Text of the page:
HOW TO GET PUBLISHEDThis is an old piece I wrote and posted a while ago, but just recently people have been asking what my experiences were with regard to publishing and getting published - so here it is again, with a few new notes added about dA and Madefire!
This is a very honest view based on 27 years experience as a writer, artist and publisher. The point here is to try to HELP you go into the business enlightened and with open-eyes, knowing what to expect. IT IS NOT INTENDED TO PUT YOU OFF! However, you should know that getting into comics is NOT easy - as too many people frequently imagine - and neither is it a glamorous 'rock-star' existence. It is hard work, as are all trades, and it should be treated as such. I see too many people despondent and badly hurt by their experience, and this can be avoided if you know what you are getting into right from the outset.
Getting into comics is something a lot of people want to know how to do, but there's a lot of questions you w
The evolution of an artistI'm a right pain in the arse as far as fans go. I admit it. I chop and I change, and if you're looking for a book that is consistent then you'd better not invest any time in me!The evolution of an artist2 years ago in Personal More Like This
I'm only half joking. Case in point - 'Captain Stone is Missing...' (on dA here: www.deviantart.com/art/Captain…) may be, in my opinion, the best work of my career, but consistent it is not!!!
For me there are artists that are able to produce work that spans decades in a style that remains consistent, professional and inspired. I envy these guys enormously! Page one of 'Watchmen' drawn by my friend and personal hero Dave Gibbons looks to my eyes as if it was drawn the day before the last page of issue 12. It's an incredible achievement! But then there are artists like the equally brilliant Moebius who would change styles page to page, even panel to panel, depending on his mood, aspects of his life, or a suddenly fl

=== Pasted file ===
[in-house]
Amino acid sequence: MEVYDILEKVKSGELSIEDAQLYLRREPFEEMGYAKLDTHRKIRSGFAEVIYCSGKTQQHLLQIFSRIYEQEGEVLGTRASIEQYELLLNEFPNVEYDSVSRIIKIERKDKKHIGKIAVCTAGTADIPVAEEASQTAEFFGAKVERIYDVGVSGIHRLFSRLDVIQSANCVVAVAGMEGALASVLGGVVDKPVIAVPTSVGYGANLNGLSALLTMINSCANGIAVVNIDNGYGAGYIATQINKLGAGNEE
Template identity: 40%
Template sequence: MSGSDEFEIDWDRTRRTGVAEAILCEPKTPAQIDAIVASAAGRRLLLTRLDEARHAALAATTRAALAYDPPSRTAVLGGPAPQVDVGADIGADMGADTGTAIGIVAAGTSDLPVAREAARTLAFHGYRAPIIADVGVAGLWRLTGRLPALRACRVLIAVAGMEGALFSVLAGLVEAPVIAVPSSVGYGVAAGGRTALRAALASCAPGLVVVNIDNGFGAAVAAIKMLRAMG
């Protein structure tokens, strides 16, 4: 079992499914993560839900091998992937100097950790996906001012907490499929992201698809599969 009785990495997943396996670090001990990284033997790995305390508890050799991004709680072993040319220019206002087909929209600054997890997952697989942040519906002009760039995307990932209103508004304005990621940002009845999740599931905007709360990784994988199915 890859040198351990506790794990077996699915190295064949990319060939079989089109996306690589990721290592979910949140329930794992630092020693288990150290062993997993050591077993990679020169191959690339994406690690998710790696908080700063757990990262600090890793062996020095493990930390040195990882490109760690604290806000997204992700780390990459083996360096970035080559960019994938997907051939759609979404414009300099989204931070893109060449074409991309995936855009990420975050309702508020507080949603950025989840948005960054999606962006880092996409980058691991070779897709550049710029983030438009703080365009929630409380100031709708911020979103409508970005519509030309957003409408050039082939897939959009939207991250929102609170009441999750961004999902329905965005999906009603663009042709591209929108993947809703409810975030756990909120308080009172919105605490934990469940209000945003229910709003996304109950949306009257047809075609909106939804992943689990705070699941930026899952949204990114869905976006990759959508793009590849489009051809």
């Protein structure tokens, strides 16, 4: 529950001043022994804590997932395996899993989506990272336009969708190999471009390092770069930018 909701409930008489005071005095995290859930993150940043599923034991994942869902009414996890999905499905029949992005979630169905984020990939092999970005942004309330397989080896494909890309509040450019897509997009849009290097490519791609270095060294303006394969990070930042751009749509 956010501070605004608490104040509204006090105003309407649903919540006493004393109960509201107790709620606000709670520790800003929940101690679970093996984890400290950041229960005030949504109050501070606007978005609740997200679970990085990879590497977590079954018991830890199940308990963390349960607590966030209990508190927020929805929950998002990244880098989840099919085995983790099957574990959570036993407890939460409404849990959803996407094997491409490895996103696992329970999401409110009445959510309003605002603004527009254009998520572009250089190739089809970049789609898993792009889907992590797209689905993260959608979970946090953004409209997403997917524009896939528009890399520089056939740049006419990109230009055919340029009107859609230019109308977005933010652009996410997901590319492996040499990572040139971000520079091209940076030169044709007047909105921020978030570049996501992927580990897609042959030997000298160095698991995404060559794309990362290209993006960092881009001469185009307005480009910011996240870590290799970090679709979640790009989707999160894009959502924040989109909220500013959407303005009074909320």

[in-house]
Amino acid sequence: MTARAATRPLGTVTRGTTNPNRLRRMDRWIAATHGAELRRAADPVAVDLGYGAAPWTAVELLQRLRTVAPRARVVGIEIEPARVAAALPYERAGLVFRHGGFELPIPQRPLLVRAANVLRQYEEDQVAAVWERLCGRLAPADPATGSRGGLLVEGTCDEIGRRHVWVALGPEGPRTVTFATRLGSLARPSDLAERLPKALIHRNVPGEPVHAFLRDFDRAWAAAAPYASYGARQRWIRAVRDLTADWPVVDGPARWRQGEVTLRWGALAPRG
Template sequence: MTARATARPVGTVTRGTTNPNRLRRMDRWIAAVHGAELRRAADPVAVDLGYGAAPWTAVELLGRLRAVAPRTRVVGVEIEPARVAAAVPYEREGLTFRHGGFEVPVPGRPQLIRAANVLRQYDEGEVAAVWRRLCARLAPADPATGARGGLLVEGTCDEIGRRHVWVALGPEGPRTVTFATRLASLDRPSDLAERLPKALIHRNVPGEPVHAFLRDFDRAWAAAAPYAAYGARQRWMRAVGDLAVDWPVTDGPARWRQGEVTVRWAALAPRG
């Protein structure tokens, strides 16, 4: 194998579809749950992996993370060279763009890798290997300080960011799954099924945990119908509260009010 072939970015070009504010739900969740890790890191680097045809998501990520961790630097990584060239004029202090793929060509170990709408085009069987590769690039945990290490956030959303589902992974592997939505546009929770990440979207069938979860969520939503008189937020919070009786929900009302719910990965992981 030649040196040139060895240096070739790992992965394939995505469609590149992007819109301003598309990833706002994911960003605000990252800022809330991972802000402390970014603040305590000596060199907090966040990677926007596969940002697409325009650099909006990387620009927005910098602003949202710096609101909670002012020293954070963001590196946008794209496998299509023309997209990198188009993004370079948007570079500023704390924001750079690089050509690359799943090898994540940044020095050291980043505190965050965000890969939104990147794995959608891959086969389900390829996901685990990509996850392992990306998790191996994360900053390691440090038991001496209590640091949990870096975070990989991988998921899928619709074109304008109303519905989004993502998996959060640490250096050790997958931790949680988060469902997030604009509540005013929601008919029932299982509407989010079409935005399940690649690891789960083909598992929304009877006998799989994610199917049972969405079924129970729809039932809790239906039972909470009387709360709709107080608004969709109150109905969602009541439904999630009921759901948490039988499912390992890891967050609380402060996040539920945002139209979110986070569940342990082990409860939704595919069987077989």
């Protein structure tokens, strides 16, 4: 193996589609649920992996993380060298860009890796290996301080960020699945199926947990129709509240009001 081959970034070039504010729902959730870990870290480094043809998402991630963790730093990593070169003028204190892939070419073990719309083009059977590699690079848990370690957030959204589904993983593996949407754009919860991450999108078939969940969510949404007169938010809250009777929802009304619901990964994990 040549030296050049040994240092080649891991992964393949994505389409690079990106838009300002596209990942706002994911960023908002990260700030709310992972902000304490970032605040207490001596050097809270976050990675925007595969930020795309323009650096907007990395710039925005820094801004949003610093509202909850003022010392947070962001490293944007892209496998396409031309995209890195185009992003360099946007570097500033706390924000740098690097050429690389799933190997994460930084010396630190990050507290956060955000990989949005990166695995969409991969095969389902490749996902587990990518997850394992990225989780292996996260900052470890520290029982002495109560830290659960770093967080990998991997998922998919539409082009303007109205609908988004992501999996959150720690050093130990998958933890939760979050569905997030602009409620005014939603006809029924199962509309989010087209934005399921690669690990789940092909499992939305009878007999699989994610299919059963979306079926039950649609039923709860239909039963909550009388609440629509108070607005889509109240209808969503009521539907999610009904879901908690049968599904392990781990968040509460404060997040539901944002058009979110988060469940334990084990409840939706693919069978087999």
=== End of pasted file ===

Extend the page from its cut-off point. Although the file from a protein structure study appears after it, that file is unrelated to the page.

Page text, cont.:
The Creative mind, pop, and money.Following on from my recent musings around getting into publishing, and my own views on creating art and comics, here's a little more fairly random padding!The Creative mind, pop, and money.2 years ago in Personal More Like This
People might think that in comics skill alone will get you there, but it's a lot like the music industry. Talent might be one thing, but somebody in a position to publish your work has to actually LIKE what you do - and we all know taste is a VERY subjective thing! There are thousands (actually, millions) of people who like their entertainment in easy-to-swallow bite-size chunks. They don't want to stretch themselves when they get home from work or school or wherever. They don't want to think too hard in the cinema, or read stuff with words they have to look up in the dictionary. They want music to dance to, or as a background soundtrack to their lives. It is a pop culture we live in, on pretty much all levels. This makes it hard for more alternatively creative people to find an audience. Don't get me wrong, I'm not anti-pop, thoug
I Got Angry Pt.5Something else to get a bit angry about...I Got Angry Pt.510 months ago in Personal More Like This
If you GET a distribution deal, you'll be in the long shadow cast by the big companies, buried in a dark corner of a vast monthly catalogue.
If you have no marketing budget, then your only option is to hit message boards, FaceBook, indie-driven comic sites, and by getting hold of a list of the internet comics news sites – they're easy enough to find, you just have to Google them.